The last existing piece from the U.S.S. Princeton hangs from a wooden frame in front of the Princeton Borough Hall. On February 28, 1844 President John Tyler and other dignitaries were onboard while the ship was sailing on the Potomac River in…

Designed by Frederick MacMonnies and made from stone, this monument is located on park property at the intersection of Stockton Street and Bayard Street. Commemorating the Battle of Princeton on January 3, 1777, it depicts George Washington on his…

The 22nd and 24th President was born on March 18, 1837 in a modest construction of Federal and Greek architecture. Built in 1832, the house was the residence of a local Presbyterian minister. The Cleveland family resided in the home for nearly a…

This photo shows what the inside of a Colonial Era wall looked like. The wall was made with clay, straw and rough Blaster backed together with horse hair or pig bristle. It was then finished with plaster that was made from local lime stone with…

The Memorial Stone resting on top of William Winds grave in the graveyard at the First Presbyterian Church in Rockaway, NJ. Worn due to weathering, the text was preserved in 1958 by Kensley Robert Thompson as a black wax rubbing which is on display…

This is an old photograph of the Ho-Ho-Kus Hermitage. The estate was originally owned by James Laroe and purchased by Elijah Rosengrant, later to be changed to Rosencrantz, in 1807 for $1,325. The Rosencrantz house was donated to the state in 1971…

Located in Long Branch, this is the only building associated with seven United States Presidents as their place of worship. Most popular during the Gilded Age, Presidents Ulysses S. Grant, Rutherford B. Hayes, James A. Garfield, Chester A. Arthur,…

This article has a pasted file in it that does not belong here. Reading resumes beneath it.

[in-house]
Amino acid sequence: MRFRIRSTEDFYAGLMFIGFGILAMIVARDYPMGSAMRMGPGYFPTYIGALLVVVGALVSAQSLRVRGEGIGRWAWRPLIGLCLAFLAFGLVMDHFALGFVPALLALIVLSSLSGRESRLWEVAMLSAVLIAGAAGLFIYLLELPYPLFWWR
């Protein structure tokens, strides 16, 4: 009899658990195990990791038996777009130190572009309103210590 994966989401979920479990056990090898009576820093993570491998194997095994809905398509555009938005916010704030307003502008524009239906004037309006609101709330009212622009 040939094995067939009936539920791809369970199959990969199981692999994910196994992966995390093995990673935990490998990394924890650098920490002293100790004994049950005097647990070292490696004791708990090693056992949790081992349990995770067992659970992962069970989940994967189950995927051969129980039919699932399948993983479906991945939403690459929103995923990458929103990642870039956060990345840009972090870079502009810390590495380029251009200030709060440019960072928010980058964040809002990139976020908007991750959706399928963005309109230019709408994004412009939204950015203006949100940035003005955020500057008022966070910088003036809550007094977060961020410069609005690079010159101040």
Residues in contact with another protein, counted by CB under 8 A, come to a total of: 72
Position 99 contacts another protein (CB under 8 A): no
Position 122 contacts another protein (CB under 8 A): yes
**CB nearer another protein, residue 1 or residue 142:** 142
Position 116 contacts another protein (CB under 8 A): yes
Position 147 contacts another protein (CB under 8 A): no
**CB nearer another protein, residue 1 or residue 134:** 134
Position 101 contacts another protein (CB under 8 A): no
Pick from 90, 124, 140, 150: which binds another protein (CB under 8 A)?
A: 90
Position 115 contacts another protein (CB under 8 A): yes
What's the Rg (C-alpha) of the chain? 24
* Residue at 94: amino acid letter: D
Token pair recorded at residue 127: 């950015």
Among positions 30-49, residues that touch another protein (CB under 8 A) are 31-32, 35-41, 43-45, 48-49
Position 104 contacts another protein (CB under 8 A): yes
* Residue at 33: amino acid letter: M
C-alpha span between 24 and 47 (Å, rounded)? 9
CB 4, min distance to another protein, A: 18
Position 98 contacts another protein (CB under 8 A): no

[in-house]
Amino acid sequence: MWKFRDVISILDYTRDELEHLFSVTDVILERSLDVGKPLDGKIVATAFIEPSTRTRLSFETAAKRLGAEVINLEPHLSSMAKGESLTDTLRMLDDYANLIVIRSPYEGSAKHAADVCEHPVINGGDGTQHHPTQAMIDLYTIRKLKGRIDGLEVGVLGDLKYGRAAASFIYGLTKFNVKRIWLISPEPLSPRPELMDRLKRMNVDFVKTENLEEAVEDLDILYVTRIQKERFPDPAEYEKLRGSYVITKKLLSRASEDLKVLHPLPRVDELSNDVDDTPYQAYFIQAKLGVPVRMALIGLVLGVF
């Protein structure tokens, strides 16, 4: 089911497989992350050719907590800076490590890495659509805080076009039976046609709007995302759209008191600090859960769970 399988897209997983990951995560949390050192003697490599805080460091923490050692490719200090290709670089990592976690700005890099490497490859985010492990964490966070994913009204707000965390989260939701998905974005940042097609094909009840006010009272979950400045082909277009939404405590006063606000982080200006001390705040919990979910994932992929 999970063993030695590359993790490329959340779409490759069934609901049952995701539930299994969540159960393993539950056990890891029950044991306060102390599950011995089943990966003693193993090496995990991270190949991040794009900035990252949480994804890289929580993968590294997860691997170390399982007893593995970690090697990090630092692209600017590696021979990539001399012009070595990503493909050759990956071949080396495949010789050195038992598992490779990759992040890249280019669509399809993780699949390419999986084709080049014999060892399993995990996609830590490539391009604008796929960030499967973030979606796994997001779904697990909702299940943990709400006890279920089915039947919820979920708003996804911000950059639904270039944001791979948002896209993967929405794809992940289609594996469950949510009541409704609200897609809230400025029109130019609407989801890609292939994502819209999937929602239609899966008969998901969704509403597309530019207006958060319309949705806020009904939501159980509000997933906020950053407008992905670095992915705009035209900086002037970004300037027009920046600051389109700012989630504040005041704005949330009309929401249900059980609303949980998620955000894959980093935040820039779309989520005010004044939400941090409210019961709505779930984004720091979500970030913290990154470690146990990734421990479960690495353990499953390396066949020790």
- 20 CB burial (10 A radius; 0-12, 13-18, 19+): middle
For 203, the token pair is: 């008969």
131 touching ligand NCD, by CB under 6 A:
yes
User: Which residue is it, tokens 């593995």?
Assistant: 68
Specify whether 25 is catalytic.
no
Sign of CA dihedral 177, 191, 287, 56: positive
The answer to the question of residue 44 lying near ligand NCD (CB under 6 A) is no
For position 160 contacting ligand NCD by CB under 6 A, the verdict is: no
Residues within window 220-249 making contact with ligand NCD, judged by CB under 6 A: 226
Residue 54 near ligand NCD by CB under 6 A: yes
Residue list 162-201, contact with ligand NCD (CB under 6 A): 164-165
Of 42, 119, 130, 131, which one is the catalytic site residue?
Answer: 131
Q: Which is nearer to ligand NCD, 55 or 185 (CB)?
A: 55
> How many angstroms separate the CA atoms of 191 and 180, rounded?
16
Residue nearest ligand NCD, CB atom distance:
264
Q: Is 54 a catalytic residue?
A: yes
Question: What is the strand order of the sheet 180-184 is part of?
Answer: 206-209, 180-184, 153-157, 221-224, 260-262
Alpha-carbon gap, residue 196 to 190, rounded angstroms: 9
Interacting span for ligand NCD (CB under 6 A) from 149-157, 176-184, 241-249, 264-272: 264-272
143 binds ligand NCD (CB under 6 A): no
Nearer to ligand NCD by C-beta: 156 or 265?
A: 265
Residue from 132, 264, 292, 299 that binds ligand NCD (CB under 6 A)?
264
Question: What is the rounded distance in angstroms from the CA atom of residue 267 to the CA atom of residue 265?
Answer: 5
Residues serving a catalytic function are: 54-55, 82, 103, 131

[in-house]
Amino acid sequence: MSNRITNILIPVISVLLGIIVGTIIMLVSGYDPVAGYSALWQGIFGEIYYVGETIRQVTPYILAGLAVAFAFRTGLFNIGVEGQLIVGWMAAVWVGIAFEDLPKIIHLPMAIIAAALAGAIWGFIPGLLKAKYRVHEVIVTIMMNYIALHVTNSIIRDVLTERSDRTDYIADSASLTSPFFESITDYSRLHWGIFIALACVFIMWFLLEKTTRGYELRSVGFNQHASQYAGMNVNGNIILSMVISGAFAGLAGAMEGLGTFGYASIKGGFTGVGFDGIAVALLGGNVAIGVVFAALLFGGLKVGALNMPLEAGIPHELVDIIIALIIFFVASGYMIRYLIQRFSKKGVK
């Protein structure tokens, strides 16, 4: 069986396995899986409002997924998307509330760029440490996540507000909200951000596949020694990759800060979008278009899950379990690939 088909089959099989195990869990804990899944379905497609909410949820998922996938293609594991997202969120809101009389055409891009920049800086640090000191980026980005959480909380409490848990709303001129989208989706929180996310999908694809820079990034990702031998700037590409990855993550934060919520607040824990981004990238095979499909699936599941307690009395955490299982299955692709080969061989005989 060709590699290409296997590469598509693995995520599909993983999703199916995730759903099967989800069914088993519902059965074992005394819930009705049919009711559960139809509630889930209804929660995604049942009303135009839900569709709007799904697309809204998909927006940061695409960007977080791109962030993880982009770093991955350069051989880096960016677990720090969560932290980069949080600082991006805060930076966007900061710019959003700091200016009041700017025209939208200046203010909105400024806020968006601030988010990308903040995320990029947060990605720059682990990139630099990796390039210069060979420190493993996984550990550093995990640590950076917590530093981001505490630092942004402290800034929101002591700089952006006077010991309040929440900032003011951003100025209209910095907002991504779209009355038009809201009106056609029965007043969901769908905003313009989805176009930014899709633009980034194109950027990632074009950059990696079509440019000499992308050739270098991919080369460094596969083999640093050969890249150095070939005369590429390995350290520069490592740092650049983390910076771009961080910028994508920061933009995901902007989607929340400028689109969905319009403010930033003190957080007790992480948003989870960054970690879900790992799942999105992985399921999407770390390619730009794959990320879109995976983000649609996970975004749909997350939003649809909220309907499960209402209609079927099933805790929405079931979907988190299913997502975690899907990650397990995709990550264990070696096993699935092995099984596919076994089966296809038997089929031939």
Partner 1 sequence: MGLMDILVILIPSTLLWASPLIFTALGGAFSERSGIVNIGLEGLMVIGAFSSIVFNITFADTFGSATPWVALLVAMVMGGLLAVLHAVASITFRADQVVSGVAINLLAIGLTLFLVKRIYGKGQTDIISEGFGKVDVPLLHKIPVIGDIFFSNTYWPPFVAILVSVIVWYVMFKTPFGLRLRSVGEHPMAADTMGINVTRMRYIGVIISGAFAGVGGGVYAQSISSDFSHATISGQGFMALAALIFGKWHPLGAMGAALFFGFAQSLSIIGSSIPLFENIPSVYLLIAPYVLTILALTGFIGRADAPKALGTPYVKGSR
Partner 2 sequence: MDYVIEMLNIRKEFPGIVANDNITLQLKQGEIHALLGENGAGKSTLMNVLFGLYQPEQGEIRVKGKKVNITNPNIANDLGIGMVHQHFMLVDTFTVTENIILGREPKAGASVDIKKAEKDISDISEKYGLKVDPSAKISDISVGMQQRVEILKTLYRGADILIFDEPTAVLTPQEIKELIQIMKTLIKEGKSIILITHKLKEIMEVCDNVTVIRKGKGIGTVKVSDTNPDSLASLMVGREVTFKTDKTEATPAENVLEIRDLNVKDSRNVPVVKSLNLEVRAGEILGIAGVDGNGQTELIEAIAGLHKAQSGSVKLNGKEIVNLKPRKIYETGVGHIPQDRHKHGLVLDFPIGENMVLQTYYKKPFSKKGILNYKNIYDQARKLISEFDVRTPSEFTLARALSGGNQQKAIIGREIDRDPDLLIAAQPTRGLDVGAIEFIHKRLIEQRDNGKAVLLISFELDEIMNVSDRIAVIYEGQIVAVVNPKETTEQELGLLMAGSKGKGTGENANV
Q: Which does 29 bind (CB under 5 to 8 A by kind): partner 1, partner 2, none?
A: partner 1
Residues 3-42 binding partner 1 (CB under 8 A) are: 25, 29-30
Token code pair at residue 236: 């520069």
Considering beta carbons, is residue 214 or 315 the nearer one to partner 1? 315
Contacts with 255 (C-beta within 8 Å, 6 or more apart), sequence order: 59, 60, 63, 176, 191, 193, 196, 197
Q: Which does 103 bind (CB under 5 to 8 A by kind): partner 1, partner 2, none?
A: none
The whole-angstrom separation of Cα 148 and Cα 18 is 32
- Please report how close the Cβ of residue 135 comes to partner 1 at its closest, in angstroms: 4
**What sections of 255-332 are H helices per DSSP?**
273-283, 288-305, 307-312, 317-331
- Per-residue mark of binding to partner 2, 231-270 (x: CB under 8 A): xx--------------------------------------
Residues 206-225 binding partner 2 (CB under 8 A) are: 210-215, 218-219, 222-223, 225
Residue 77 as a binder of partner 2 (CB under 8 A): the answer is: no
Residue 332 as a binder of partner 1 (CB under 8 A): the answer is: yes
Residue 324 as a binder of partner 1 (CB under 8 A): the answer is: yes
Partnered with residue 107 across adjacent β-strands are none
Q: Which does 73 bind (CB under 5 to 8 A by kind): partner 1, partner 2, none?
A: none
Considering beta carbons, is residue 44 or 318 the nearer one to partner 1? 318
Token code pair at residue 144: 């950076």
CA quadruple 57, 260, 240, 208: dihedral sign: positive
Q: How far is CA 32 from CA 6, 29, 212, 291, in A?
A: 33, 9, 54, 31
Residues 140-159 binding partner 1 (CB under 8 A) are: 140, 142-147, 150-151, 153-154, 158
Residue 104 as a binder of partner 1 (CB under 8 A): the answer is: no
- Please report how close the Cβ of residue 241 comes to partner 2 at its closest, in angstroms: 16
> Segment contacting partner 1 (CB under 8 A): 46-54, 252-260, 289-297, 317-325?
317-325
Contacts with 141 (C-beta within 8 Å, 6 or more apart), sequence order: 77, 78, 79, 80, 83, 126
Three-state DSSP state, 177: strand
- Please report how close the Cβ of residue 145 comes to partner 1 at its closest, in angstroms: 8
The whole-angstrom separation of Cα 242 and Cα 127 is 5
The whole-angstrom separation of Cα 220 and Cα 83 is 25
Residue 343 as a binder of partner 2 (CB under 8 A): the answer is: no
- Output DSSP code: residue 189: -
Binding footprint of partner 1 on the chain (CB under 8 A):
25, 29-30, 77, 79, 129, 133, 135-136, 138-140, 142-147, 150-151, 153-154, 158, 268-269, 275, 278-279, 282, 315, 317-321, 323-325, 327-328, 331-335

Grover Cleveland, the only United States President to hold office for two non-consecutive terms, is buried at Princeton Cemetery along with his wife Frances Folsom Cleveland. Ruth Cleveland, eldest of their five children, died of diphtheria at age…

The clock tower at the beginning of Broadway in Denville, NJ. It was built to commemorate Denville's centennial.

These two photos show the exterior of the Van Allen House, one of Oakland’s oldest surviving buildings. Originally built in the 1740s by Henry Van Allen, the house received modifications to it when Edward Day Page brought the house in the late…

Cedar Lawn Cemetery in Paterson is the final resting place of Garret Hobart, Vice President of the United States under William McKinley. The Grecian Doric style mausoleum was created by architect Henry Bacon Jr. 1866-1924 who is responsible for…

This is an image of Alexander Hamilton in front of the S.U.M. building at the Great Falls, overlooking the hydroelectric plant.

The Miller's House is an excellent example of what was known as a Patch House. With the influx of miners as more shafts were opened, housing needed to be quickly provided. Patch Houses received their names due to the fact that they were quickly…

This plaque was introduced by Cory Booker in 2007 to remember the 40th anniversary of the Newark riots. This is currently at the 4th Precinct on 17th Street.

Daniel Budd and his family were instrumental to the growth of the iron industry in Chester. He not only owned a forge in nearby Hackelbarney, but he was also president of the Chester Railraod.

The Hamilton Club was an exclusive gentlemen's club, co-founded by Vice President Garret Hobart in 1890. The building, an Italian Renaissance revival palazzo, was erected in 1897, severely damaged by the Great Fire of 1902, then completely restored…